Dr. Jo Ellen Shaeffer is the former Director of Assessment and Accountability for the Utah State Board of Education and has 33 years of experience in public education. During her career, she has developed, coordinated, and directed the implementation of both federal and state assessments and accountability systems, including systems guided by the Every Student Succeeds Act (ESSA). Most recently, Dr. Shaeffer directed Utah’s Assessment to Achievement (A2A) project, an innovative program providing 80+ schools with professional learning and coaching opportunities related to data-driven instruction. In this role, she collaborated extensively with our team, and, following her retirement, now serves as a Senior Advisor to Ed Direction.
We sat down with Dr. Shaeffer to understand more about the role of public-private partnerships in education and how state and district leaders can leverage these partnerships in service of students.
You’ve worked at both the state and district levels and had the chance to collaborate with numerous private organizations on different projects. In your experience, what is the main value behind public-private partnerships?
JS: Private partners ideally supplement limited state and local school capacities in terms of time, expertise, technology, and support services to help meet the demand for student and school improvement. When done right, there is a lot to be gained from merging the expertise of public officials with private organizations. I see these types of partnerships as one of the best ways to spur innovation and maintain momentum, all in service of providing the best education possible to students.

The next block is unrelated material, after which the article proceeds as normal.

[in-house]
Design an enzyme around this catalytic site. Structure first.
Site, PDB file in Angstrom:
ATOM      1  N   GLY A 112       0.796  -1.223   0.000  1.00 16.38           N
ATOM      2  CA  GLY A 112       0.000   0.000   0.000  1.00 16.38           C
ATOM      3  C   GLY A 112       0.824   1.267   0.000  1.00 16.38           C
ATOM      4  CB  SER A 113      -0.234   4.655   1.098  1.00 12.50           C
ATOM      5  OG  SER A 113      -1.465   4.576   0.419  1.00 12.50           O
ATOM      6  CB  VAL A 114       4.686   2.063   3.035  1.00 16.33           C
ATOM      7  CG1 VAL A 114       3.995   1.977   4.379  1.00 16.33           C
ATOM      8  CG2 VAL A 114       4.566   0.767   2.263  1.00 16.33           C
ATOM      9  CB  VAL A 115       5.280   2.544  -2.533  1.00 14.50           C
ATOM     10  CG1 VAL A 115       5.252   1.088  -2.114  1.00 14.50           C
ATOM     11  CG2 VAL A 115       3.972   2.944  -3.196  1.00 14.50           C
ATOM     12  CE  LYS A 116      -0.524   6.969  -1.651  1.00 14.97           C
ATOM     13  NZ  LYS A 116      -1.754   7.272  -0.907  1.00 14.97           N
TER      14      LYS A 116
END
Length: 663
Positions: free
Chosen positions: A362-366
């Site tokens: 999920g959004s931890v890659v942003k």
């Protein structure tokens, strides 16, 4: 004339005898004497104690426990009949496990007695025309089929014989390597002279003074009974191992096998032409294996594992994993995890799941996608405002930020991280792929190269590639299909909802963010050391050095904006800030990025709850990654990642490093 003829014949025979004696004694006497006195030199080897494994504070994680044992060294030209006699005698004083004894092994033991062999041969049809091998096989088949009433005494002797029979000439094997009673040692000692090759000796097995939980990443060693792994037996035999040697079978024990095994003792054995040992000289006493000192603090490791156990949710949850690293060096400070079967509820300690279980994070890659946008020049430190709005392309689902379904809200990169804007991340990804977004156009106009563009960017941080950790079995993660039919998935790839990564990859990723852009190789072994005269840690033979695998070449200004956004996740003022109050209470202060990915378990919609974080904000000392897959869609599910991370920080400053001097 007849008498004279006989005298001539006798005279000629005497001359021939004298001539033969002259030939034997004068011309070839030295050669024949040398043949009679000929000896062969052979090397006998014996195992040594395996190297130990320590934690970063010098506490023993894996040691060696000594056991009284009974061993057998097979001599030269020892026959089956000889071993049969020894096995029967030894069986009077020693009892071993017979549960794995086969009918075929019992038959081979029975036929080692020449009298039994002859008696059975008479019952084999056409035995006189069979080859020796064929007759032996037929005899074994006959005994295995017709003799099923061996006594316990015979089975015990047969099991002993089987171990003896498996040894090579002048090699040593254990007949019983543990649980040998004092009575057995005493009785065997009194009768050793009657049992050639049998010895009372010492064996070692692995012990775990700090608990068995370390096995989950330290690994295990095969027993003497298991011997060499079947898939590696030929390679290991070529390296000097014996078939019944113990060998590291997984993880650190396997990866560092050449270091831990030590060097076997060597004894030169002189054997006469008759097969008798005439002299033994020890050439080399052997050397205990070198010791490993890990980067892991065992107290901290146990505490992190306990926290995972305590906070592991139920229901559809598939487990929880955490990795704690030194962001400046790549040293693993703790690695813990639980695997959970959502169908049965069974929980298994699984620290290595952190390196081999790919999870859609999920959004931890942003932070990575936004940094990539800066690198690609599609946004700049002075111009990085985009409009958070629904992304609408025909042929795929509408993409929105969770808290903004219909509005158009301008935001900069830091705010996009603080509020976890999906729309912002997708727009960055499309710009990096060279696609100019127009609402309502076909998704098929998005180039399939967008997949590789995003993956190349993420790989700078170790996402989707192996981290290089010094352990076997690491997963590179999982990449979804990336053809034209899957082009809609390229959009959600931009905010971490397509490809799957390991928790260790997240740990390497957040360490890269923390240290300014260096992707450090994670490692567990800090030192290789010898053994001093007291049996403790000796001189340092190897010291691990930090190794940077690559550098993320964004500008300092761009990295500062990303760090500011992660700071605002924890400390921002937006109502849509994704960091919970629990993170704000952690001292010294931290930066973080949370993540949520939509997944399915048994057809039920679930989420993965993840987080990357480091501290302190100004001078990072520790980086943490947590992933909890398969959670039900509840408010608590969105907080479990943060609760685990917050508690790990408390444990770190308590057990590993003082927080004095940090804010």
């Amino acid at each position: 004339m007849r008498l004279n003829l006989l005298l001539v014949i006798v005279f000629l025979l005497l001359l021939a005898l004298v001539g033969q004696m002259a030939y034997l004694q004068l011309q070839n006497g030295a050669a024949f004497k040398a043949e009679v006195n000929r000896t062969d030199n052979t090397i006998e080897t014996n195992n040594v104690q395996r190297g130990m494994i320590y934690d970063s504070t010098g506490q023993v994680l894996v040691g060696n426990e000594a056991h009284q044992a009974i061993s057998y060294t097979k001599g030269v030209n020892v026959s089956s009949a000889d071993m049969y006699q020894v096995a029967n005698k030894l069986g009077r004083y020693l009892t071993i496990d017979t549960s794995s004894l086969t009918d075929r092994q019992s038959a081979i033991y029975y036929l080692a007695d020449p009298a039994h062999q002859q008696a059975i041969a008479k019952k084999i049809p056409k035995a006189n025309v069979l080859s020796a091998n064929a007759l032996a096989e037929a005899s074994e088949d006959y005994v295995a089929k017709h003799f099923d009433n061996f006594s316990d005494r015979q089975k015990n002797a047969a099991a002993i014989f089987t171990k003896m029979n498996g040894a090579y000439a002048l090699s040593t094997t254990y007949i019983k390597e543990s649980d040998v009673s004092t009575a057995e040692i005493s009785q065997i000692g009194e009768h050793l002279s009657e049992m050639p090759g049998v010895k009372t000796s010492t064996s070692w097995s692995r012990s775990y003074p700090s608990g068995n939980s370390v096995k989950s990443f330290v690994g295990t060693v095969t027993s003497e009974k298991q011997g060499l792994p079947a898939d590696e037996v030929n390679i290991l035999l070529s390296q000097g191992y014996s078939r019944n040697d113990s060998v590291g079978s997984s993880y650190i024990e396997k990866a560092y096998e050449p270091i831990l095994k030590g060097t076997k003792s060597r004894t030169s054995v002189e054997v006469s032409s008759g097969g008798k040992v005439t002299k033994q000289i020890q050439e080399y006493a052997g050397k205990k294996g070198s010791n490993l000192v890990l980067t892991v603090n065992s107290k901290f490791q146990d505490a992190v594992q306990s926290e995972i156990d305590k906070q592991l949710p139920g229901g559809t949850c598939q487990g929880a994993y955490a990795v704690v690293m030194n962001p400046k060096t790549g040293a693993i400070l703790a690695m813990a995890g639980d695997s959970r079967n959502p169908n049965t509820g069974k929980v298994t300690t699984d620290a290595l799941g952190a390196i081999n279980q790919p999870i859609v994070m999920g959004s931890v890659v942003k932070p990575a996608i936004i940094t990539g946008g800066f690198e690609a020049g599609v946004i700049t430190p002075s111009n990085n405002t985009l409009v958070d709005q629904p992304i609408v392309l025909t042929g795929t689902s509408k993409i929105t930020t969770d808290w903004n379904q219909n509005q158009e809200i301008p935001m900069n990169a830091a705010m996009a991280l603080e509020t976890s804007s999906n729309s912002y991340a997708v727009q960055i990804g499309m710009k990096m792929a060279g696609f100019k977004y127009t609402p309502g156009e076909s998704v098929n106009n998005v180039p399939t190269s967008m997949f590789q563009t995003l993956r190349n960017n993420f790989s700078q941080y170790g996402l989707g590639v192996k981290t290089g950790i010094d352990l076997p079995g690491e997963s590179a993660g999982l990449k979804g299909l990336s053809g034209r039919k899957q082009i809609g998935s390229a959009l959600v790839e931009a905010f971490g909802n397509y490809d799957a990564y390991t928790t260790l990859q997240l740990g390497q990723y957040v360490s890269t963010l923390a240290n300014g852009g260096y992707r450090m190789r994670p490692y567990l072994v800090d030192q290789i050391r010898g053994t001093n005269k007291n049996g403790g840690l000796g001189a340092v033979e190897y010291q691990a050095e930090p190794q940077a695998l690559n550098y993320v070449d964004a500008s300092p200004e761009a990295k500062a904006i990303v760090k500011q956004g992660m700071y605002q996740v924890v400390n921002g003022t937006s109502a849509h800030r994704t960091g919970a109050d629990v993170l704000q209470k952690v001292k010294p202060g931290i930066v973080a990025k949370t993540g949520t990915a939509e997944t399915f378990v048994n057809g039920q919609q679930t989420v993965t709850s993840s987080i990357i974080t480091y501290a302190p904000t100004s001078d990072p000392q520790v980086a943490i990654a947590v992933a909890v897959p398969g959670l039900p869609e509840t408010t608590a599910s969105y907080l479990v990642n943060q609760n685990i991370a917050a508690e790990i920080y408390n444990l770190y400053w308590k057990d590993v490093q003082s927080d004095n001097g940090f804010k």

There tends to be a healthy skepticism surrounding public-private partnerships in education. How do state and district offices ensure they create partnerships that return real, lasting value for students?
JS: State and district offices have both a moral and ethical obligation to offer quality external services that deliver results for students and schools. With that in mind, states and districts first need to ensure they can monitor the quality and reliability of any partnerships they enter into—it’s so important to partner with organizations that have a proven track record of integrity.
You also need to ensure private partners have access to those who provide wrap-around services to students—this promotes efficient and effective collaboration. And you have to ensure schools can sustain improvement initiatives once private partners step away. This is one of the things I enjoyed most about working with Ed Direction on the A2A project—your goal from day one has been to make yourselves obsolete, so to speak, by building the capacity of districts and schools to continue the work beyond the official end of the project.
And last, I really think it’s important to partner with specificity in mind, being cognizant that certain partner organizations will be a “better fit” for specific districts and schools.
You mentioned Utah’s Assessment to Achievement (A2A) project as an example of a successful public-private partnership. What has made A2A so effective?